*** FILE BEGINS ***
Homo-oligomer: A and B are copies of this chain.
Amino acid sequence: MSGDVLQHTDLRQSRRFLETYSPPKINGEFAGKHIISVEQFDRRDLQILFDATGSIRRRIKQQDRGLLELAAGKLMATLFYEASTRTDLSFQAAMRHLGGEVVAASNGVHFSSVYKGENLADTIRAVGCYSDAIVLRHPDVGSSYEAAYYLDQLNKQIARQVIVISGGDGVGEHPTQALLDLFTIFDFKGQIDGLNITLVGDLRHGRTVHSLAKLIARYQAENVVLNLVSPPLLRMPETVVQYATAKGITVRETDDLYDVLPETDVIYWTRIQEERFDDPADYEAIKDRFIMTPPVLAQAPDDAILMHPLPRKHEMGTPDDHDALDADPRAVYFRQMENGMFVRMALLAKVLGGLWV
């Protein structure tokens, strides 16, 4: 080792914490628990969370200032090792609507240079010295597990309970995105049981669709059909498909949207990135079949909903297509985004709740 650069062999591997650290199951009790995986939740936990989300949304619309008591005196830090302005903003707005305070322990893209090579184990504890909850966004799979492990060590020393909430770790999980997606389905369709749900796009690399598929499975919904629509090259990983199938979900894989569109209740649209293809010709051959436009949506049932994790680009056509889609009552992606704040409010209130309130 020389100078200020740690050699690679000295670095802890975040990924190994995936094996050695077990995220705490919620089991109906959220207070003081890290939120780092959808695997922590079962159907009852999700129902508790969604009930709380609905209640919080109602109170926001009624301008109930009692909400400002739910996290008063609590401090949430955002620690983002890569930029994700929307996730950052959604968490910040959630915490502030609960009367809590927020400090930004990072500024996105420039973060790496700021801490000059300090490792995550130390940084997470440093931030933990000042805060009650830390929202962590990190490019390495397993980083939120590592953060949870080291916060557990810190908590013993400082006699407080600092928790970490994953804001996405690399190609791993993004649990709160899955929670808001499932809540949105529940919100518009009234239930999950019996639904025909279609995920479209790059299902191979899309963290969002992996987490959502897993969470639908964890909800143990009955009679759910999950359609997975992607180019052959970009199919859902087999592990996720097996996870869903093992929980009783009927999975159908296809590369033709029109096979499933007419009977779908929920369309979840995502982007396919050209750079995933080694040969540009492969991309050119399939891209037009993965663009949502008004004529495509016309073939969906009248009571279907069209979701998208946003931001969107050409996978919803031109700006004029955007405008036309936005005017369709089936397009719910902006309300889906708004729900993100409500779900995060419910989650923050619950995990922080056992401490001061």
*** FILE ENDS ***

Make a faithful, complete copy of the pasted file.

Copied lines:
Homo-oligomer: A and B are copies of this chain.
Amino acid sequence: MSGDVLQHTDLRQSRRFLETYSPPKINGEFAGKHIISVEQFDRRDLQILFDATGSIRRRIKQQDRGLLELAAGKLMATLFYEASTRTDLSFQAAMRHLGGEVVAASNGVHFSSVYKGENLADTIRAVGCYSDAIVLRHPDVGSSYEAAYYLDQLNKQIARQVIVISGGDGVGEHPTQALLDLFTIFDFKGQIDGLNITLVGDLRHGRTVHSLAKLIARYQAENVVLNLVSPPLLRMPETVVQYATAKGITVRETDDLYDVLPETDVIYWTRIQEERFDDPADYEAIKDRFIMTPPVLAQAPDDAILMHPLPRKHEMGTPDDHDALDADPRAVYFRQMENGMFVRMALLAKVLGGLWV
């Protein structure tokens, strides 16, 4: 080792914490628990969370200032090792609507240079010295597990309970995105049981669709059909498909949207990135079949909903297509985004709740 650069062999591997650290199951009790995986939740936990989300949304619309008591005196830090302005903003707005305070322990893209090579184990504890909850966004799979492990060590020393909430770790999980997606389905369709749900796009690399598929499975919904629509090259990983199938979900894989569109209740649209293809010709051959436009949506049932994790680009056509889609009552992606704040409010209130309130 020389100078200020740690050699690679000295670095802890975040990924190994995936094996050695077990995220705490919620089991109906959220207070003081890290939120780092959808695997922590079962159907009852999700129902508790969604009930709380609905209640919080109602109170926001009624301008109930009692909400400002739910996290008063609590401090949430955002620690983002890569930029994700929307996730950052959604968490910040959630915490502030609960009367809590927020400090930004990072500024996105420039973060790496700021801490000059300090490792995550130390940084997470440093931030933990000042805060009650830390929202962590990190490019390495397993980083939120590592953060949870080291916060557990810190908590013993400082006699407080600092928790970490994953804001996405690399190609791993993004649990709160899955929670808001499932809540949105529940919100518009009234239930999950019996639904025909279609995920479209790059299902191979899309963290969002992996987490959502897993969470639908964890909800143990009955009679759910999950359609997975992607180019052959970009199919859902087999592990996720097996996870869903093992929980009783009927999975159908296809590369033709029109096979499933007419009977779908929920369309979840995502982007396919050209750079995933080694040969540009492969991309050119399939891209037009993965663009949502008004004529495509016309073939969906009248009571279907069209979701998208946003931001969107050409996978919803031109700006004029955007405008036309936005005017369709089936397009719910902006309300889906708004729900993100409500779900995060419910989650923050619950995990922080056992401490001061």